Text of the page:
Metcoff J. Clinical assessment of nutritional status at birth. Fetal malnutrition and SGA are not synonymous. Pediatr Clin North Am. 1994;41:875–91.

Jayant D, Rajkumar J. Study of the prevalence and high risk factors for fetal malnutrition in term newborns. Ann Trop Paediatr. 1999;19:273–77.

Scott KK, Usher RH. Fetal malnutrition: Its incidence causes and effects. Am J Obstet Gynaecol. 1966;94:951-63.

Fok TF, Hon KL, Ng PC, Wong E, So HK, Lau J, et al. Use of anthropometric indices to reveal nutritional status: normative data from 10,226 Chinese neonates. Neonatology. 2009;95(1):23-32.

Villar J, Alobelli L, Kestler E, Belizan J. Health priorities for developing countries. The prevention of chronic fetal malnutrition. Bull World Health Organ. 1986;64:847-55.

Meadow NJ, Till J, Leaf A. Screening for intrauterine growth retardation using ratio of mid arm circumference to occipito frontal circumference. Br Med J. 1986;292:1039-40.

Mohan M, Chellani HK, Prasad SR, Kapani V. Intrauterine growth predictors. Indian Pediatr. 1991;28:1299-304.

WHO. Meeting of Advisory Group on Maternal Nutrition and Low Birthweight Geneva. 2002:4-6.

Kushwaha KP, Rai AK, Rathi AK, Singh YD, Sirohi R. Pregnancies in adolescents: Fetal, neonatal and maternal outcome. Indian Pediatr. 1993;30:501-5.

Singhal PK, Paul VK, Deorari AK, Singh M, Sundaram KR. Changing trends in intra uterine growth curves. Indian Peditr. 1991;28:281-3.

Miller HC, Hassonein K. Diagnosis of impaired fetal growth in newborn infants. Paediatrics. 1971;48:511-22.

Soundarya M, Basavaprabhu A, Raghuveera K, Baliga BS, Shivanagaraja BS. Comparative assessment of fetal malnutrition by anthropometry and CAN score. Iranian J Pediatr. 2012;22(1):70.

Mehta S, Tandon A, Dua T, Kumari S, Singh SK. Clinical assessment of nutritional status at birth. Indian pediatrics. 1998;35:423-8.

Kashyap L, Dwivedi R. Detection of fetal malnutrition by clinical assessment of nutritional status score (CAN score) at birth and its comparison with other methods of determining intrauterine growth. Pediatric Oncall J. 2006;3(1).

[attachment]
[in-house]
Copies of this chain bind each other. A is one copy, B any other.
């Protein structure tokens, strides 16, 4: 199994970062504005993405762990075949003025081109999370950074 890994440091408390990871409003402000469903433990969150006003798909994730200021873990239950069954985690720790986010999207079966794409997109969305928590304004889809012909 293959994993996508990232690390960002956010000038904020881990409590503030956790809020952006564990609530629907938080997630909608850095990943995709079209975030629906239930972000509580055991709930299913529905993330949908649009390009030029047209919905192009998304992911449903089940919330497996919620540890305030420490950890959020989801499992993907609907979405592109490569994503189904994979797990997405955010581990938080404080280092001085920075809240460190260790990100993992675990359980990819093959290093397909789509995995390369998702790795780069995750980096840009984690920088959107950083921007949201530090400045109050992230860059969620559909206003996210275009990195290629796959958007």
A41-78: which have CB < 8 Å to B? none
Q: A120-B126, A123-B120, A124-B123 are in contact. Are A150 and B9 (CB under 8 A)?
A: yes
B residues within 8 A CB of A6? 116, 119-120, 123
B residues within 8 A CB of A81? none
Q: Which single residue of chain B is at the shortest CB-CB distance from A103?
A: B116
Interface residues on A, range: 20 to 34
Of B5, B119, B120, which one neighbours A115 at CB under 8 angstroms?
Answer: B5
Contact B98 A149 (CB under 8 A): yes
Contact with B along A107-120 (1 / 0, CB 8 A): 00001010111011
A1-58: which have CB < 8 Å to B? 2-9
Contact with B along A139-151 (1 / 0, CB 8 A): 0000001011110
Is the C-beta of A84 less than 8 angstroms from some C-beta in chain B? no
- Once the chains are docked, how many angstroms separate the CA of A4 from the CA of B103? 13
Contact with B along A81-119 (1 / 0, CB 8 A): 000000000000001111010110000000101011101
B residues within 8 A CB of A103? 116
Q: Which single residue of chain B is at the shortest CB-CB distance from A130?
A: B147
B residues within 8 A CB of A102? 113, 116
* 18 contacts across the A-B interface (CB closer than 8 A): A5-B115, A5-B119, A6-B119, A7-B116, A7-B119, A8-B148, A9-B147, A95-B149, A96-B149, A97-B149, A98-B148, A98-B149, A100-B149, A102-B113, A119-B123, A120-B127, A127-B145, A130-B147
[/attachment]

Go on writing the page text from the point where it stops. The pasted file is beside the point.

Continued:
Sachdev HP. Low birth weight in South Asia. Int J Diab Dev Countries. 2001;21(1):13-33.

Metcoff J, Costiloe JP, Crosby W, Bentle L, Seshachalam D, Sandstead HH, et al. Maternal nutrition and fetal outcome. American J Clinical Nutrition. 1981;34:708-21.

Malhotra M, Sharma JB, Batra S, Sharma S, Murthy NS, Arora R. Maternal and perinatal outcome in varying degrees of anemia. Int J Gynaecol Obstet. 2002;79(2):93–100.

Steer P, Alam MA, Wadsworth J, Welch A. Relation between maternal haemoglobin concentration and birth weight in different ethnic groups. BMJ. 1995;310(6978):489-91.

Garn SM, Keating MT, Falkner F. Hematologic status and pregnancy outcomes. Am J Clin Nutr. 1981;34(1):115-7.

Kramer MS. Determinants of low birth weight: methodological assessment and meta-analysis. Bulletin World Health Orga. 1987;65(5):663.

International Institute for Population Sciences (IIPS) and ICF. 2017. National Family Health Survey (NFHS-4), India, 2015-16: Karnataka. Mumbai: IIPS.

Srikrishna SR, Stephen C. Birth weights in a Bangalore hospital: is the city women in the phase of a nutrition transition. Heal Popu Perspect. 2003;26 (2):74-86.






Original Research Articles